Marker Logo HMdb.org THE HISTORICAL
MARKER DATABASE
“Bite-Size Bits of Local, National, and Global History”
“Bite-Size Bits of Local, National, and Global History”
Near Williamsburg in James City County, Virginia — The American South (Mid-Atlantic)
 

The Greate Road – An Early Highway pre-1607-1700s

 
 
The Greate Road – An Early Highway pre-1607-1700s Marker Photo, Click for full size
By Bill Coughlin, August 14, 2008
1. The Greate Road – An Early Highway pre-1607-1700s Marker
Inscription. A few days after he arrived at Jamestown in May 1607, George Percy wrote that he and his party “espied a pathway” and were “desirous to knowe whither it would bring us.” Most likely they discovered a trail used by Paspahegh Indians in whose territory Jamestown was located. To the English, the trail became known as the Grate Road, a route that led from James Fort, across the isthmus to the west past Glasshouse Point on the mainland, and eventually to Green Spring and Middle Plantation (Williamsburg).

As New Towne developed, the Greate Road began at the junction of Backstreet and the highway by the river. Over time the trail widened to more than 30 feet as wagons drawn by horses and oxen packed down the top soil and created deep ruts.

Archaeologists found sections of the Greate Road, including a portion north of the church. Stretches are still visible today at Glasshouse Point and along the route to Green Spring.
 
Erected by Colonial National Historic Park.
 
Location. 37° 12.502′ N, 76° 46.673′ W. Marker is near Williamsburg, Virginia, in James City County. Marker can be reached from Colonial Parkway, on the right when traveling west. Click for map. Marker is in
Jamestown Marker Photo, Click for full size
By Bill Coughlin, August 14, 2008
2. Jamestown Marker
The stockade walls of James Fort can be seen beyond the marker in this photo.
the "New Towne" section of the Historic Jamestown unit of Colonial National Historic Park. Marker is in this post office area: Williamsburg VA 23185, United States of America.
 
Other nearby markers. At least 8 other markers are within walking distance of this marker. Backstreet – Jamestown’s Main Street 1620-1699 (a few steps from this marker); Jamestown (within shouting distance of this marker); Jamestown Tercentenary Monument (within shouting distance of this marker); Jamestown’s Churches (within shouting distance of this marker); A Jamestown Warehouse 1630s-1699 (within shouting distance of this marker); Pocahontas (within shouting distance of this marker); Foundations at Jamestown (within shouting distance of this marker); The First General Assembly of Virginia (within shouting distance of this marker). Click for a list of all markers in Williamsburg.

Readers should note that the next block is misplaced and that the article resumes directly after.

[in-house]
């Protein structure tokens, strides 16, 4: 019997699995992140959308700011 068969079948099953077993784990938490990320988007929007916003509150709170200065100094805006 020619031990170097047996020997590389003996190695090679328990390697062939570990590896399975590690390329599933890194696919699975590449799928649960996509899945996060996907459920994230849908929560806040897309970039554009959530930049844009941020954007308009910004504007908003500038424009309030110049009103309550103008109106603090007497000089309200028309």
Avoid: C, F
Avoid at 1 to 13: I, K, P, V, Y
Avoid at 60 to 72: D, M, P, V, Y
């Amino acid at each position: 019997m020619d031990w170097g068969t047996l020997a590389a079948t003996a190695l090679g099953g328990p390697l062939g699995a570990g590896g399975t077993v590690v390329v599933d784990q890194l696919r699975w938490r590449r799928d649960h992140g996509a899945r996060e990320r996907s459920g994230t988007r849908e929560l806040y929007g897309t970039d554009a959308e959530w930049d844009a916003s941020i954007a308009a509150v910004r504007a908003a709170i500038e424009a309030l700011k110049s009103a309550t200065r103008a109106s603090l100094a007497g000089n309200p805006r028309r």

More about this marker. The right of the marker contains a drawing of “Colonial Virginia travelers, by Sidney King ca. 1957.” The bottom left of the marker features a map of the Route of Greate Road, with the caption “Route of the Greate Road from New Towne, across the isthmus to Glasshouse Point and beyond.” Above this is a “Map showing archaeological evidence of the Greate Road north of the Jamestown Church site.”
Marker in New Towne Photo, Click for full size
By Bill Coughlin, August 14, 2008
3. Marker in New Towne
The upper left has a photograph of a “Decorative metal bass from a horse’s bridle.”
 
Also see . . .
1. The Greate Road - An Early Highway pre-1607 - 1700s. Colonial National Historic Park from National Park Service website. (Submitted on March 16, 2009, by Bill Coughlin of North Arlington, New Jersey.) 

2. Historic Jamestowne. Historic Jamestowne is the site of the first permanent English settlement in America. The site is jointly administered by APVA Preservation Virginia and the National Park Service. (Submitted on March 16, 2009, by Bill Coughlin of North Arlington, New Jersey.) 
 
Categories. Colonial EraRoads & Vehicles
 
 
Credits. This page originally submitted on , by Bill Coughlin of North Arlington, New Jersey. This page has been viewed 671 times since then and 46 times this year. Photos:   1, 2, 3. submitted on , by Bill Coughlin of North Arlington, New Jersey. This page was last revised on June 16, 2016.
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